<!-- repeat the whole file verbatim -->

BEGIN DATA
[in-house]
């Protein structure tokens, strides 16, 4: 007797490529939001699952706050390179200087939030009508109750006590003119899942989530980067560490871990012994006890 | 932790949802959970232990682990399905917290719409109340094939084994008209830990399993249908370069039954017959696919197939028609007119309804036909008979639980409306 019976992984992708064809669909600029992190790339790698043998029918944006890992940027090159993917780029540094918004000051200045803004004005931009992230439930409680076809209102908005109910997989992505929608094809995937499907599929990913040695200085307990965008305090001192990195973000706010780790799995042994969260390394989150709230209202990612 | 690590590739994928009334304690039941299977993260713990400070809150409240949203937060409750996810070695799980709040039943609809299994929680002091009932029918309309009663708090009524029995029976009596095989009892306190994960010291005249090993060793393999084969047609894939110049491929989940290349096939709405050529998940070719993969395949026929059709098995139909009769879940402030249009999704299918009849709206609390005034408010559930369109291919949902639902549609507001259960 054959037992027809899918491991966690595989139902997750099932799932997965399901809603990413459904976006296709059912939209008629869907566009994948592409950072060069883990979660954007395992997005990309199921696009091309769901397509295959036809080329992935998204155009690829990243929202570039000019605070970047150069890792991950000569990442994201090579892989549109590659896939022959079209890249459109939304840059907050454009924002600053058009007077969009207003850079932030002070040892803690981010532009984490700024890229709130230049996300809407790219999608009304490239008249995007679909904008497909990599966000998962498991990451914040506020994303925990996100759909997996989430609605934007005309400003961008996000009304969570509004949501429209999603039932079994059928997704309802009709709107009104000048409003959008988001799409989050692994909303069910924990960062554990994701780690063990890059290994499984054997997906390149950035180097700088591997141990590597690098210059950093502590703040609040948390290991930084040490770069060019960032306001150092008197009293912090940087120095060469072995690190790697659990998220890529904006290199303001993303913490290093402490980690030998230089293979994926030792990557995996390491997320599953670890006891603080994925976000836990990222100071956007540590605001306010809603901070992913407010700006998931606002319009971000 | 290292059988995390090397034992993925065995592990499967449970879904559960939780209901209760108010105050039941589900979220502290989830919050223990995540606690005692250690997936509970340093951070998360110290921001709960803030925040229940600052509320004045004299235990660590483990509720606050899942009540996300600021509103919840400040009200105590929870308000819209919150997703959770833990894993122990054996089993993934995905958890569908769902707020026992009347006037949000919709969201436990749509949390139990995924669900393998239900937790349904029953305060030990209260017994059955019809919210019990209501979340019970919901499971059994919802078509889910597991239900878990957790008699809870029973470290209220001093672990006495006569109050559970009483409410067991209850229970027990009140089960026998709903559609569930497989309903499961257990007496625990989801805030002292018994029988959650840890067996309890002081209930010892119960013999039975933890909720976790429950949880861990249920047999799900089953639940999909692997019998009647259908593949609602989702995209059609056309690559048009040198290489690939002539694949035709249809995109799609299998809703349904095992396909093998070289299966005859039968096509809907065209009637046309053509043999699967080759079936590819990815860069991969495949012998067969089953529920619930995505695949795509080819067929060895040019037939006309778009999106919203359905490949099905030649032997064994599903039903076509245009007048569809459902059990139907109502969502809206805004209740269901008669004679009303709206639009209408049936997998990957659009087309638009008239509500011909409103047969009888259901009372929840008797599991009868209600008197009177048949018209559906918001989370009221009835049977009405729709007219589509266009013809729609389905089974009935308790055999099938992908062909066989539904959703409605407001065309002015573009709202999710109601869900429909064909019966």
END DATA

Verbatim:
[in-house]
């Protein structure tokens, strides 16, 4: 007797490529939001699952706050390179200087939030009508109750006590003119899942989530980067560490871990012994006890 | 932790949802959970232990682990399905917290719409109340094939084994008209830990399993249908370069039954017959696919197939028609007119309804036909008979639980409306 019976992984992708064809669909600029992190790339790698043998029918944006890992940027090159993917780029540094918004000051200045803004004005931009992230439930409680076809209102908005109910997989992505929608094809995937499907599929990913040695200085307990965008305090001192990195973000706010780790799995042994969260390394989150709230209202990612 | 690590590739994928009334304690039941299977993260713990400070809150409240949203937060409750996810070695799980709040039943609809299994929680002091009932029918309309009663708090009524029995029976009596095989009892306190994960010291005249090993060793393999084969047609894939110049491929989940290349096939709405050529998940070719993969395949026929059709098995139909009769879940402030249009999704299918009849709206609390005034408010559930369109291919949902639902549609507001259960 054959037992027809899918491991966690595989139902997750099932799932997965399901809603990413459904976006296709059912939209008629869907566009994948592409950072060069883990979660954007395992997005990309199921696009091309769901397509295959036809080329992935998204155009690829990243929202570039000019605070970047150069890792991950000569990442994201090579892989549109590659896939022959079209890249459109939304840059907050454009924002600053058009007077969009207003850079932030002070040892803690981010532009984490700024890229709130230049996300809407790219999608009304490239008249995007679909904008497909990599966000998962498991990451914040506020994303925990996100759909997996989430609605934007005309400003961008996000009304969570509004949501429209999603039932079994059928997704309802009709709107009104000048409003959008988001799409989050692994909303069910924990960062554990994701780690063990890059290994499984054997997906390149950035180097700088591997141990590597690098210059950093502590703040609040948390290991930084040490770069060019960032306001150092008197009293912090940087120095060469072995690190790697659990998220890529904006290199303001993303913490290093402490980690030998230089293979994926030792990557995996390491997320599953670890006891603080994925976000836990990222100071956007540590605001306010809603901070992913407010700006998931606002319009971000 | 290292059988995390090397034992993925065995592990499967449970879904559960939780209901209760108010105050039941589900979220502290989830919050223990995540606690005692250690997936509970340093951070998360110290921001709960803030925040229940600052509320004045004299235990660590483990509720606050899942009540996300600021509103919840400040009200105590929870308000819209919150997703959770833990894993122990054996089993993934995905958890569908769902707020026992009347006037949000919709969201436990749509949390139990995924669900393998239900937790349904029953305060030990209260017994059955019809919210019990209501979340019970919901499971059994919802078509889910597991239900878990957790008699809870029973470290209220001093672990006495006569109050559970009483409410067991209850229970027990009140089960026998709903559609569930497989309903499961257990007496625990989801805030002292018994029988959650840890067996309890002081209930010892119960013999039975933890909720976790429950949880861990249920047999799900089953639940999909692997019998009647259908593949609602989702995209059609056309690559048009040198290489690939002539694949035709249809995109799609299998809703349904095992396909093998070289299966005859039968096509809907065209009637046309053509043999699967080759079936590819990815860069991969495949012998067969089953529920619930995505695949795509080819067929060895040019037939006309778009999106919203359905490949099905030649032997064994599903039903076509245009007048569809459902059990139907109502969502809206805004209740269901008669004679009303709206639009209408049936997998990957659009087309638009008239509500011909409103047969009888259901009372929840008797599991009868209600008197009177048949018209559906918001989370009221009835049977009405729709007219589509266009013809729609389905089974009935308790055999099938992908062909066989539904959703409605407001065309002015573009709202999710109601869900429909064909019966």